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5.7.10

A car which can be driven by the people without eyesight could be available by next year.

Experts at the National Federation of the Blind and Virginia Tech are working on a prototype equipped with technology that will help a sightless person sit behind the wheel in 2011.

The technology, called non-visual interfaces, will guide its driver through traffic by transmitting information about nearby vehicles or objects, the paper said.

Vibrating gloves or streams of compressed air directed towards the driver are among the options for communicating the information needed to avoid collisions and reach a destination.

Advocates for the blind describe the project as a "moon shot", drawing parallels with President John F Kennedy's pledge to land a man on the moon.

"We're exploring areas that have previously been regarded as unexplorable," said Mark Maurer, president of the National Federation of the Blind. "We're moving away from the theory that blindness ends the capacity of human beings to make contributions to society".

Maurer first came up with the idea about a decade ago when he launched the organisation's research institute.

"Some people thought I was crazy, and they thought, 'Why do you want us to raise money for something that can't be done?' Others thought it was a great idea," he said. "Some people were incredulous. Others thought the idea was incredible".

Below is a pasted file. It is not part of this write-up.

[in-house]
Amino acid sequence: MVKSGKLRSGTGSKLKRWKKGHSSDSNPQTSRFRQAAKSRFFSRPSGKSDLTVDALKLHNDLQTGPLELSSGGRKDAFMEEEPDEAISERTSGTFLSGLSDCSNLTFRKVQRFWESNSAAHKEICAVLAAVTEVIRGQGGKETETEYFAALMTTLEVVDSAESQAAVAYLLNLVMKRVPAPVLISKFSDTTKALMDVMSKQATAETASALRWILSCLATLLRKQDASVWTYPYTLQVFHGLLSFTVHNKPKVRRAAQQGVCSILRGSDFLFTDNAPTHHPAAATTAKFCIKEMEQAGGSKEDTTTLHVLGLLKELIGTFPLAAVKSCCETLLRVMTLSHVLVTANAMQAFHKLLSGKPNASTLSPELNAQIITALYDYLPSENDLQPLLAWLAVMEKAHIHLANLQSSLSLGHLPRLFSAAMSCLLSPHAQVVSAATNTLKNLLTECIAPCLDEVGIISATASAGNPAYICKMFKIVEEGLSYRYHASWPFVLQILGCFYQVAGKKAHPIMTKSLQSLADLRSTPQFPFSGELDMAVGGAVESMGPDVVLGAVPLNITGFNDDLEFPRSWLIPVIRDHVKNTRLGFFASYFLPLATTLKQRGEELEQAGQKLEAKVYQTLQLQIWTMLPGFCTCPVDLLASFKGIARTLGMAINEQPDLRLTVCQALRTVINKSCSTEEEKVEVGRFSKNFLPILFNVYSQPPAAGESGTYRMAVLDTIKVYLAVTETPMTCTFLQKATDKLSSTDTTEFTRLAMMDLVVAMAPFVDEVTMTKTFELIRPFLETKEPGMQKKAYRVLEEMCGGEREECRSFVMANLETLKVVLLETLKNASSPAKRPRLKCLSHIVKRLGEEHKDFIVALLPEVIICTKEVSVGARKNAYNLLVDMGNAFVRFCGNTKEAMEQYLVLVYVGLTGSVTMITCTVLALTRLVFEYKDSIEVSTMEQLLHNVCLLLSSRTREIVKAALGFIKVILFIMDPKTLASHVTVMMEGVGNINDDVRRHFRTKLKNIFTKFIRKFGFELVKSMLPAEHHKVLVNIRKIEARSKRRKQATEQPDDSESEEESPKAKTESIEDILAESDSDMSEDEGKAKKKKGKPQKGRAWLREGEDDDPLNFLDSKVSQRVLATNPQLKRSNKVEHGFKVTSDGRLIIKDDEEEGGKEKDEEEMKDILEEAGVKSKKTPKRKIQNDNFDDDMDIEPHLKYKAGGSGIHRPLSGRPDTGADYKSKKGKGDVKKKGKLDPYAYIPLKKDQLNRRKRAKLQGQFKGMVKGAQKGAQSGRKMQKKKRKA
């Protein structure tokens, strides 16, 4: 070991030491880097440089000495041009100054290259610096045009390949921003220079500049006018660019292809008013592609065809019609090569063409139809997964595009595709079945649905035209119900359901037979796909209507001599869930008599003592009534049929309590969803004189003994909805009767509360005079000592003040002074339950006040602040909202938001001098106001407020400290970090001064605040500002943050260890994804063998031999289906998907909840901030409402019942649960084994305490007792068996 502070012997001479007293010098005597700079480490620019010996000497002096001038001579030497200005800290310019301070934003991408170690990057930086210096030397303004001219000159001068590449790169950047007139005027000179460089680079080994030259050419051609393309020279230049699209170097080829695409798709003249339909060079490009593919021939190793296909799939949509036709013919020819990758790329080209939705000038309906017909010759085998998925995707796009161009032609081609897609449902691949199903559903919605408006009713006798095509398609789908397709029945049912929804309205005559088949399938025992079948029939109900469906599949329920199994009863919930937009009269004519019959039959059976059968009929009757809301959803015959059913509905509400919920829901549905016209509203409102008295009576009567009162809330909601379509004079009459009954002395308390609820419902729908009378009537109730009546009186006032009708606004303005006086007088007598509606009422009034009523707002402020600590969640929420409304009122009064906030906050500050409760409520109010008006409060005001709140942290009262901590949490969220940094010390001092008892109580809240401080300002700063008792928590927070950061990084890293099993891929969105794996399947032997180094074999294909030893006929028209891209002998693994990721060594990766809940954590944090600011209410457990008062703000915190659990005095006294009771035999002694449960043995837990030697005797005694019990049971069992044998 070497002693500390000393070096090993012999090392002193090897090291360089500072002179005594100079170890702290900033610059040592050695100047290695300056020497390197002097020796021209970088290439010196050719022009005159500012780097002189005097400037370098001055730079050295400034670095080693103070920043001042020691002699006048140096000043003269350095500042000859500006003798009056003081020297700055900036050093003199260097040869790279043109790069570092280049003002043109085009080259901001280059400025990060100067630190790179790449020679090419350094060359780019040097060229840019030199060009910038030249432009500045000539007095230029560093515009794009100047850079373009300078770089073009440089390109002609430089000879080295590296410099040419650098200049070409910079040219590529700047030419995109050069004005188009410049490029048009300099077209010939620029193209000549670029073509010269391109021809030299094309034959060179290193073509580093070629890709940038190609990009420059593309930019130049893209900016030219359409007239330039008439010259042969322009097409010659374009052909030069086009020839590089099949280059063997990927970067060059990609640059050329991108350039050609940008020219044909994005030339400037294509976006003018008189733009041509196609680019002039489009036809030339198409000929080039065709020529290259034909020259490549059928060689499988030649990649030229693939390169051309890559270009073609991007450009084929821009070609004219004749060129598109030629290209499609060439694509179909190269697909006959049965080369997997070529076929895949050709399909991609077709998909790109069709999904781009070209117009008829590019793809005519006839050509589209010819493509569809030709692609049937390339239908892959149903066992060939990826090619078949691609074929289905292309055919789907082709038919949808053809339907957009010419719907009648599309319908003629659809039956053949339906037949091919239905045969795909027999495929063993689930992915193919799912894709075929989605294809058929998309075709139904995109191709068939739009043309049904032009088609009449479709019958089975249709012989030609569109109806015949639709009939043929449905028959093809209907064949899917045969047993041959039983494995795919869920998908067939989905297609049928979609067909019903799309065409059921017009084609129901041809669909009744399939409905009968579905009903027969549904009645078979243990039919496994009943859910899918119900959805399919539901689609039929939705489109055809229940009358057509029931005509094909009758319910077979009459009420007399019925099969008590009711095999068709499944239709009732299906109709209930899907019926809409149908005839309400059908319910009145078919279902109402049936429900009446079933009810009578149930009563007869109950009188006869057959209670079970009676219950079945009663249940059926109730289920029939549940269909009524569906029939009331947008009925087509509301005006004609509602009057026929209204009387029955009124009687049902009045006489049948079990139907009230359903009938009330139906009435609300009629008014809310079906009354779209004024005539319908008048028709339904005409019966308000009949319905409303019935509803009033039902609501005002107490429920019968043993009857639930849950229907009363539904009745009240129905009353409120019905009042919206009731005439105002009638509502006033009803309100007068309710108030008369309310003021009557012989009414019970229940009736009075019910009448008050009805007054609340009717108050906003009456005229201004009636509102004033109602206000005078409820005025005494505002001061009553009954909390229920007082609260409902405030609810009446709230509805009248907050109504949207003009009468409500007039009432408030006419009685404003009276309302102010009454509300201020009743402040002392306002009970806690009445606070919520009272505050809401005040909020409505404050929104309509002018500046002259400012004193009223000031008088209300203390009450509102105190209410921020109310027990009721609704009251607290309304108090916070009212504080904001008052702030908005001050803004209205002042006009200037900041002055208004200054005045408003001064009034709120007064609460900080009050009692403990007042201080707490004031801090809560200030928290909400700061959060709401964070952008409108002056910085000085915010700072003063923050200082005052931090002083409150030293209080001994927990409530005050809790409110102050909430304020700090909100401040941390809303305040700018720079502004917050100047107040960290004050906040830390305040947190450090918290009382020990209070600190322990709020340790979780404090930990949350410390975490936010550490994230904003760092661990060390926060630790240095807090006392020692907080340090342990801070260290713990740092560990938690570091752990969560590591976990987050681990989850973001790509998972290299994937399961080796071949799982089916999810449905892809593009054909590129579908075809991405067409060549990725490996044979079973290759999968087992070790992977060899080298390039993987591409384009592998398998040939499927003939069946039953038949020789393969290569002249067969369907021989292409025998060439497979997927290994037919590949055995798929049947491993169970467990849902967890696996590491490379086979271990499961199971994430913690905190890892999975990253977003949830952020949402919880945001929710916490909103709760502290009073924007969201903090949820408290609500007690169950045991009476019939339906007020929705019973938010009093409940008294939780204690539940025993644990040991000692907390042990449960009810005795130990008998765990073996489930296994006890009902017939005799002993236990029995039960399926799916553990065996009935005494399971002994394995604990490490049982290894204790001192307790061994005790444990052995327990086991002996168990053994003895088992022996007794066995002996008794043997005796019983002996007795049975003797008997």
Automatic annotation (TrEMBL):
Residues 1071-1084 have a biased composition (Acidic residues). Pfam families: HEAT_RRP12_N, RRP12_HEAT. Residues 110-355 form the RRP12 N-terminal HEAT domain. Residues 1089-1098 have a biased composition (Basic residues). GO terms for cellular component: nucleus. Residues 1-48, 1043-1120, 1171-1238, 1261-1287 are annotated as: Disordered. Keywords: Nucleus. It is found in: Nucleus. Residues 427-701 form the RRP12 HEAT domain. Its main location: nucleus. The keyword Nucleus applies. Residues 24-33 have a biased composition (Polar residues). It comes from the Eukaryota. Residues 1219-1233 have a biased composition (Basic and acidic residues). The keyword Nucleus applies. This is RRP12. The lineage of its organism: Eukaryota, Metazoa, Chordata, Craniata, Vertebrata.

Virginia Tech created a dune buggy as part of a feasibility study that used sensor lasers and cameras to act as the eyes of the vehicle. A vibrating vest was used to direct the driver to speed up, slow down or make turns.

The results will be demonstrated in January on a modified Ford Escape sport utility vehicle at the Daytona International Speedway.

The vehicle will use non-visual interfaces to help a blind driver operate the car.

One interface, DriveGrip, uses gloves with vibrating motors on areas that cover the knuckles. The vibrations guide the driver when and where to turn.

Another interface, AirPix, is a tablet about half the size of a sheet of paper with multiple air holes, almost like those found on an air hockey game.

Compressed air coming out of the device helps inform the person of his or her surroundings, essentially creating a map of the objects around a vehicle. It would show whether there was another vehicle in a nearby lane or an obstruction in the road.

Dennis Hong, a mechanical engineering professor at Virginia Tech who leads the research, said the technology could one day help a blind driver operate a vehicle but also could be used on conventional vehicles to make them safer or on other applications.

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